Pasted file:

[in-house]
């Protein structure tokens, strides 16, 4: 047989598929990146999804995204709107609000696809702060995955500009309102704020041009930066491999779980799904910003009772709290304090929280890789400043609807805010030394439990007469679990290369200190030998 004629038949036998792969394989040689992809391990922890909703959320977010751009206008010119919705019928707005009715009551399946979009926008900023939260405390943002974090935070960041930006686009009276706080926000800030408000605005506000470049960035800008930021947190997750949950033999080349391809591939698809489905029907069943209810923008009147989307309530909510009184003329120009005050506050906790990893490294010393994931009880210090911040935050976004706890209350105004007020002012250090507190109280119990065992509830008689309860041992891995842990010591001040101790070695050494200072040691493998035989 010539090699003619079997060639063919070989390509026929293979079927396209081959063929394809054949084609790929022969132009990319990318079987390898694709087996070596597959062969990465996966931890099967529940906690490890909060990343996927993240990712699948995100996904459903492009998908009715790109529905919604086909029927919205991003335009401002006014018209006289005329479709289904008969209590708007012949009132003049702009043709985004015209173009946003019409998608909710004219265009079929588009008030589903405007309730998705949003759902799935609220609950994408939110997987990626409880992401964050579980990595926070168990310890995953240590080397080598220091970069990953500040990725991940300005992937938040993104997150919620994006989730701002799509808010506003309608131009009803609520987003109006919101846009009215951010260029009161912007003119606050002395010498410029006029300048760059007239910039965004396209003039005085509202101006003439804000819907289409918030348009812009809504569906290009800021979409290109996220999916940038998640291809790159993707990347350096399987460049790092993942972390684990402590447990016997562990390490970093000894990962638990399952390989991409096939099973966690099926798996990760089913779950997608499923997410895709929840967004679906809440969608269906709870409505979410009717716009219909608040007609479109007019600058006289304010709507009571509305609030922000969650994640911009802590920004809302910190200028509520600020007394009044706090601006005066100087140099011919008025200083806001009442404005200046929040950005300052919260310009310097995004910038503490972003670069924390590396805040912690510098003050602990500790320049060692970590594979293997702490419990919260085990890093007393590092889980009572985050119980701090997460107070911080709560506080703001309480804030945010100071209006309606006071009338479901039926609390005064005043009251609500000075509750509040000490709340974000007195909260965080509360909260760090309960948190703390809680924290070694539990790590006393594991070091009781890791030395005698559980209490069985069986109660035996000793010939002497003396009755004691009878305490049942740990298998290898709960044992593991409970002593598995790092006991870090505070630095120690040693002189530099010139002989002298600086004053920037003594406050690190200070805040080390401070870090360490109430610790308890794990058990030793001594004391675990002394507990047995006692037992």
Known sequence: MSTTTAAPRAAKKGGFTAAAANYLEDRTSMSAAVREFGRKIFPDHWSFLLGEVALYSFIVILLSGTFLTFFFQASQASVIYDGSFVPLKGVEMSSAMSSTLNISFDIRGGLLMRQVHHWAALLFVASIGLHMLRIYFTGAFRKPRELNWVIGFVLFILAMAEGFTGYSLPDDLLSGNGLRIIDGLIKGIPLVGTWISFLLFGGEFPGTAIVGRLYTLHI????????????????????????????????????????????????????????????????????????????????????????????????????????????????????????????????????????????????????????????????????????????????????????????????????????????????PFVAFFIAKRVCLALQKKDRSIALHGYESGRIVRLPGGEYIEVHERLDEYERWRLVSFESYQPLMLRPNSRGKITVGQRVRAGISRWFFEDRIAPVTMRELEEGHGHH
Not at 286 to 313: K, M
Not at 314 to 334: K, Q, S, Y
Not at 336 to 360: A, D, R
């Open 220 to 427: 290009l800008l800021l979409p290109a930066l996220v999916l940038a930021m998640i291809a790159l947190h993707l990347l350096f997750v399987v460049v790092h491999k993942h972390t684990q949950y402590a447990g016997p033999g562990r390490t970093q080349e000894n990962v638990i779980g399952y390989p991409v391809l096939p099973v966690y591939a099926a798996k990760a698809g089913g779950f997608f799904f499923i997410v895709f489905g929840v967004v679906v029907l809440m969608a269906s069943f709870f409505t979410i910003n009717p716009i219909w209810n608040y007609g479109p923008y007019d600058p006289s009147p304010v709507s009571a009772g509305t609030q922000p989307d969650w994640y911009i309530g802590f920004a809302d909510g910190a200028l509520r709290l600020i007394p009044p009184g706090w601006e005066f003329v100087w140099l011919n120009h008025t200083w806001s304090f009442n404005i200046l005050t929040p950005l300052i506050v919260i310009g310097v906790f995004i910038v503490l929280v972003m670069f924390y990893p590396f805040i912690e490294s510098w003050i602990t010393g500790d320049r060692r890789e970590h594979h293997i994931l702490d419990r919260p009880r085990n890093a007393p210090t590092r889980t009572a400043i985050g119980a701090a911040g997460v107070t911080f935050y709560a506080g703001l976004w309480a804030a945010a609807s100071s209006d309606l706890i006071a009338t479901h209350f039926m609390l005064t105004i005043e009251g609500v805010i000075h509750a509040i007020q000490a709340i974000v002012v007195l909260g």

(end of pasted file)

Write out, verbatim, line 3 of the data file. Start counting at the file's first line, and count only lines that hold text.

Known sequence: MSTTTAAPRAAKKGGFTAAAANYLEDRTSMSAAVREFGRKIFPDHWSFLLGEVALYSFIVILLSGTFLTFFFQASQASVIYDGSFVPLKGVEMSSAMSSTLNISFDIRGGLLMRQVHHWAALLFVASIGLHMLRIYFTGAFRKPRELNWVIGFVLFILAMAEGFTGYSLPDDLLSGNGLRIIDGLIKGIPLVGTWISFLLFGGEFPGTAIVGRLYTLHI????????????????????????????????????????????????????????????????????????????????????????????????????????????????????????????????????????????????????????????????????????????????????????????????????????????????PFVAFFIAKRVCLALQKKDRSIALHGYESGRIVRLPGGEYIEVHERLDEYERWRLVSFESYQPLMLRPNSRGKITVGQRVRAGISRWFFEDRIAPVTMRELEEGHGHH